The success of this philosophy depends on various factors, including the ability to place a hive in a less-than-obvious location. In many circumstances it works just fine and the first sign the neighbors have is either the extra color in their garden over the warmer months - or you knocking on the door with a jar of honey. As a general rule, it's difficult for a neighbor to pick a fight if s/he's been unaware of the beehive in the year since it was installed and you come offering gifts!
That said, PerfectBee recommends an open discussion with you neighbors, to answer their questions and put their mind at rest. But we also agree that the "just do it" approach can be viable in some situations too, providing it's legal and has no impact on your neighbors.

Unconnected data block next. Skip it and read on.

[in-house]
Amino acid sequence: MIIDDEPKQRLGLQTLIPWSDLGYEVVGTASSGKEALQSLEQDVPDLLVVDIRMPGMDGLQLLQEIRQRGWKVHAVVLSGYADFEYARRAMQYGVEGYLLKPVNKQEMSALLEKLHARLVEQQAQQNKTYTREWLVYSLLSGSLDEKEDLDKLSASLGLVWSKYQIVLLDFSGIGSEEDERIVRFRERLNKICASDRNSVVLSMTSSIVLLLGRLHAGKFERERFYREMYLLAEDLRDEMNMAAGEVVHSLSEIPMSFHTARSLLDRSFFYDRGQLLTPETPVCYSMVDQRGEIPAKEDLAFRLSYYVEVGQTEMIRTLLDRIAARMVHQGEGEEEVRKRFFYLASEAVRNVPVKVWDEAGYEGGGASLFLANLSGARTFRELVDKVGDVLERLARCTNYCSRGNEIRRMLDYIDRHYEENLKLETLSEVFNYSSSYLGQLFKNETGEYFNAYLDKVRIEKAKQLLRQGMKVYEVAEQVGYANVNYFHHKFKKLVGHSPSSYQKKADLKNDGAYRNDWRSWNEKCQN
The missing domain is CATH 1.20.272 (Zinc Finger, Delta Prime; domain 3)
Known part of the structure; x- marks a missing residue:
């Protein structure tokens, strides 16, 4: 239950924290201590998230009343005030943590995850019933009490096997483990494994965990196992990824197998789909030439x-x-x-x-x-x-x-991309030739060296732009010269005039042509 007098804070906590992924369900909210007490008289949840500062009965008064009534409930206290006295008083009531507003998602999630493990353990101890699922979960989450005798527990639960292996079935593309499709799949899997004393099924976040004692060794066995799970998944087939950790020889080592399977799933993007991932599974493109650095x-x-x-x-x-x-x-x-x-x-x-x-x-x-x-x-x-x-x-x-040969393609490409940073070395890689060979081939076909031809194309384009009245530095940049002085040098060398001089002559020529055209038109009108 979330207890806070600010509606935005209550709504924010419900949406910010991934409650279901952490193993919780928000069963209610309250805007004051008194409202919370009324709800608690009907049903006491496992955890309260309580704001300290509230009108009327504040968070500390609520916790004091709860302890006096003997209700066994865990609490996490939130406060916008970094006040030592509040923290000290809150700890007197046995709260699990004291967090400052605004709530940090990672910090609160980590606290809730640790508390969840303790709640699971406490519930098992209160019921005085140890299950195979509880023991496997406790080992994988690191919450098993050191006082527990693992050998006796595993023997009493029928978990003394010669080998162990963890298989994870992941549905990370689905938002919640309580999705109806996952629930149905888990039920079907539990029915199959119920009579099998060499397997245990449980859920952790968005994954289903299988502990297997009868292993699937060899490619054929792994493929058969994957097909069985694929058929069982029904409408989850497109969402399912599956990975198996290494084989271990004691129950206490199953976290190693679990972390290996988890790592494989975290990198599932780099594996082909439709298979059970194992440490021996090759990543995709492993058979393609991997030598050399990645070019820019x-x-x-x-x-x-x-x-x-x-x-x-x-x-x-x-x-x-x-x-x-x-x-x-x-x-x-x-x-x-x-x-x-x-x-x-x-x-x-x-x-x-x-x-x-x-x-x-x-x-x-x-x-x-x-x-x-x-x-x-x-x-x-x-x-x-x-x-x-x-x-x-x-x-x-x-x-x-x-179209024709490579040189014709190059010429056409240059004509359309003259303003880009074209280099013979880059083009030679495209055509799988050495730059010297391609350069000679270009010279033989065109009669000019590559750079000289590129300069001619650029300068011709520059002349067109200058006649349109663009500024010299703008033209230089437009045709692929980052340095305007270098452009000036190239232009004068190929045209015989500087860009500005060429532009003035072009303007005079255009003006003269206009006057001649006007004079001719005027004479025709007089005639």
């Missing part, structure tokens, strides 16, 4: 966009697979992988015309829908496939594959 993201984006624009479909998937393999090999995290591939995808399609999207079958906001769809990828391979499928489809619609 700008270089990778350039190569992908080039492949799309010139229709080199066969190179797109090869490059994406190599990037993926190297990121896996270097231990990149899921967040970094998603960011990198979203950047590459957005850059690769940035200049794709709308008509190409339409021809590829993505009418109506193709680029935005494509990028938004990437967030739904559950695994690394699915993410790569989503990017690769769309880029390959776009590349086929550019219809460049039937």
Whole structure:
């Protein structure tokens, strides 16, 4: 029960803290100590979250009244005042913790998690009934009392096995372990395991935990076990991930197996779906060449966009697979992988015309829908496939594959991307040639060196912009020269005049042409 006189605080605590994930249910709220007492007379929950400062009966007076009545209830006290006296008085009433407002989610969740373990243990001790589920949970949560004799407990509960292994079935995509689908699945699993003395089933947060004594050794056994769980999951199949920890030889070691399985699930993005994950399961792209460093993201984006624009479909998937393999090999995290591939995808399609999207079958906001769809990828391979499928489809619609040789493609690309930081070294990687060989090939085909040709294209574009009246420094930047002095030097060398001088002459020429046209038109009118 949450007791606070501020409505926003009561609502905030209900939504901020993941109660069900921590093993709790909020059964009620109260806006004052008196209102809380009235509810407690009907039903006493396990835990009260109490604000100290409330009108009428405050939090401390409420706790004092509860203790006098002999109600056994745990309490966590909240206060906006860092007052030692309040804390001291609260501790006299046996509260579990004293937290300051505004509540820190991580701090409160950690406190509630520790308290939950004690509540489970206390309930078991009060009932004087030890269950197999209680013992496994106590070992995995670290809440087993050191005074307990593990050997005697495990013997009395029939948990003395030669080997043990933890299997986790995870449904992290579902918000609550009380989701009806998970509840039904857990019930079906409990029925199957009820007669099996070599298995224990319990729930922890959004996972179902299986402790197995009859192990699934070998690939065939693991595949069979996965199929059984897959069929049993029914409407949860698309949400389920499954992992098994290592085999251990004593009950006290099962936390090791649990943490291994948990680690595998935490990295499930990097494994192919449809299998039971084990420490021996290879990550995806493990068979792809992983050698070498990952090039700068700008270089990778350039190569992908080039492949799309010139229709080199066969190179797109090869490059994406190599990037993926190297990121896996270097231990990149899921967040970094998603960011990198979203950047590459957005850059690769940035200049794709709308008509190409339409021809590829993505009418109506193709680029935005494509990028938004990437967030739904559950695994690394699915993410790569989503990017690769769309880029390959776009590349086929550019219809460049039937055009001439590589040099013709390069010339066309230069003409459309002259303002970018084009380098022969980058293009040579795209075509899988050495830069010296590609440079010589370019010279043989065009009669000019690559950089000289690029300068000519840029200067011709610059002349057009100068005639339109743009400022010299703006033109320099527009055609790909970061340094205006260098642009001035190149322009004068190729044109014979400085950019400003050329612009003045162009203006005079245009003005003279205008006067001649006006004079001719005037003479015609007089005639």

Check and make sure you understand whether you have the legal green light, including registration where necessary (which is more likely in an urban environment). Initiating a discussion with a potentially difficult neighbor is likely to be an exercise in futility if s/he has the law on his or her side. Before you set down the path of becoming a beekeeper do a little homework. It doesn't take long and can potentially save a lot of wasted time, effort and angst.
A quick note - if local regulations do not allow beekeeping, that's a tough break but please respect the law. Inconsiderate and law-breaking beekeepers help no-one. You are also a bee sting away from inviting a legal discussion you really don't want!